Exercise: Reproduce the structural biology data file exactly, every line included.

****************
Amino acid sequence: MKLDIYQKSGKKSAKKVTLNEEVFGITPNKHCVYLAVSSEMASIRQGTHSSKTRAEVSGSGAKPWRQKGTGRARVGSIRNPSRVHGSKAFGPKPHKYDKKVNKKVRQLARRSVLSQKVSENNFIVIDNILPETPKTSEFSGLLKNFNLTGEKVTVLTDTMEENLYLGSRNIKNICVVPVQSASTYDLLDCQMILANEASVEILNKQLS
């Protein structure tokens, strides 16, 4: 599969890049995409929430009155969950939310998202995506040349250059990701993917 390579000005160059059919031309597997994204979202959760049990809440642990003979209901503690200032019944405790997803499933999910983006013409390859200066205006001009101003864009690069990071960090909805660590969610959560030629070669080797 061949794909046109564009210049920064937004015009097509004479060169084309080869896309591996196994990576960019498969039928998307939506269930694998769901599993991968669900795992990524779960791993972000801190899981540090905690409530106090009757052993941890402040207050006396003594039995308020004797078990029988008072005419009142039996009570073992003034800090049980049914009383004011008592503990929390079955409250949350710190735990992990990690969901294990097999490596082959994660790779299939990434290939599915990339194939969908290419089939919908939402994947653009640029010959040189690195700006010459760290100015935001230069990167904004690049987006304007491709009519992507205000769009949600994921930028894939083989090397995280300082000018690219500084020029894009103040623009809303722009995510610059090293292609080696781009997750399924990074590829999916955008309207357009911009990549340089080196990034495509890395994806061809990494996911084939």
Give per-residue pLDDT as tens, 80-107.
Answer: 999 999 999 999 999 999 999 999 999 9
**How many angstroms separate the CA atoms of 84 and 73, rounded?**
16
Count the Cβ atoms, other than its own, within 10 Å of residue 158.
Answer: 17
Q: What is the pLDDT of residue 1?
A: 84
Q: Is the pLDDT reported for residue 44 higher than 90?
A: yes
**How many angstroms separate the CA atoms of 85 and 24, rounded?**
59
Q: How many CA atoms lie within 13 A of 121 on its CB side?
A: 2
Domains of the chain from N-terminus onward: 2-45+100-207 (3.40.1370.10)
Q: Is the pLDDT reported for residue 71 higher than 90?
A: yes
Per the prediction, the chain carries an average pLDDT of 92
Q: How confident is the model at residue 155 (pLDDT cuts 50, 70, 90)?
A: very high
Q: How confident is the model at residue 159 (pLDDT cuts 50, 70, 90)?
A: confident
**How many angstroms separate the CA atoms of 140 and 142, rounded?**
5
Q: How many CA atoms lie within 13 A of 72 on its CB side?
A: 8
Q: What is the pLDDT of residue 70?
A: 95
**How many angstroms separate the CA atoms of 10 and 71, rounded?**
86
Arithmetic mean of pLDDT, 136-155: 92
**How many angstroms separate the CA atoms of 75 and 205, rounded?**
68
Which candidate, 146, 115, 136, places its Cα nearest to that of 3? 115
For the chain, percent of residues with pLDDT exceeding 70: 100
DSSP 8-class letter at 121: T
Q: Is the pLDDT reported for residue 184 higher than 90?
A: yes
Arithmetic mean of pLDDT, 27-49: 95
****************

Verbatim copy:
Amino acid sequence: MKLDIYQKSGKKSAKKVTLNEEVFGITPNKHCVYLAVSSEMASIRQGTHSSKTRAEVSGSGAKPWRQKGTGRARVGSIRNPSRVHGSKAFGPKPHKYDKKVNKKVRQLARRSVLSQKVSENNFIVIDNILPETPKTSEFSGLLKNFNLTGEKVTVLTDTMEENLYLGSRNIKNICVVPVQSASTYDLLDCQMILANEASVEILNKQLS
């Protein structure tokens, strides 16, 4: 599969890049995409929430009155969950939310998202995506040349250059990701993917 390579000005160059059919031309597997994204979202959760049990809440642990003979209901503690200032019944405790997803499933999910983006013409390859200066205006001009101003864009690069990071960090909805660590969610959560030629070669080797 061949794909046109564009210049920064937004015009097509004479060169084309080869896309591996196994990576960019498969039928998307939506269930694998769901599993991968669900795992990524779960791993972000801190899981540090905690409530106090009757052993941890402040207050006396003594039995308020004797078990029988008072005419009142039996009570073992003034800090049980049914009383004011008592503990929390079955409250949350710190735990992990990690969901294990097999490596082959994660790779299939990434290939599915990339194939969908290419089939919908939402994947653009640029010959040189690195700006010459760290100015935001230069990167904004690049987006304007491709009519992507205000769009949600994921930028894939083989090397995280300082000018690219500084020029894009103040623009809303722009995510610059090293292609080696781009997750399924990074590829999916955008309207357009911009990549340089080196990034495509890395994806061809990494996911084939």
Give per-residue pLDDT as tens, 80-107.
Answer: 999 999 999 999 999 999 999 999 999 9
**How many angstroms separate the CA atoms of 84 and 73, rounded?**
16
Count the Cβ atoms, other than its own, within 10 Å of residue 158.
Answer: 17
Q: What is the pLDDT of residue 1?
A: 84
Q: Is the pLDDT reported for residue 44 higher than 90?
A: yes
**How many angstroms separate the CA atoms of 85 and 24, rounded?**
59
Q: How many CA atoms lie within 13 A of 121 on its CB side?
A: 2
Domains of the chain from N-terminus onward: 2-45+100-207 (3.40.1370.10)
Q: Is the pLDDT reported for residue 71 higher than 90?
A: yes
Per the prediction, the chain carries an average pLDDT of 92
Q: How confident is the model at residue 155 (pLDDT cuts 50, 70, 90)?
A: very high
Q: How confident is the model at residue 159 (pLDDT cuts 50, 70, 90)?
A: confident
**How many angstroms separate the CA atoms of 140 and 142, rounded?**
5
Q: How many CA atoms lie within 13 A of 72 on its CB side?
A: 8
Q: What is the pLDDT of residue 70?
A: 95
**How many angstroms separate the CA atoms of 10 and 71, rounded?**
86
Arithmetic mean of pLDDT, 136-155: 92
**How many angstroms separate the CA atoms of 75 and 205, rounded?**
68
Which candidate, 146, 115, 136, places its Cα nearest to that of 3? 115
For the chain, percent of residues with pLDDT exceeding 70: 100
DSSP 8-class letter at 121: T
Q: Is the pLDDT reported for residue 184 higher than 90?
A: yes
Arithmetic mean of pLDDT, 27-49: 95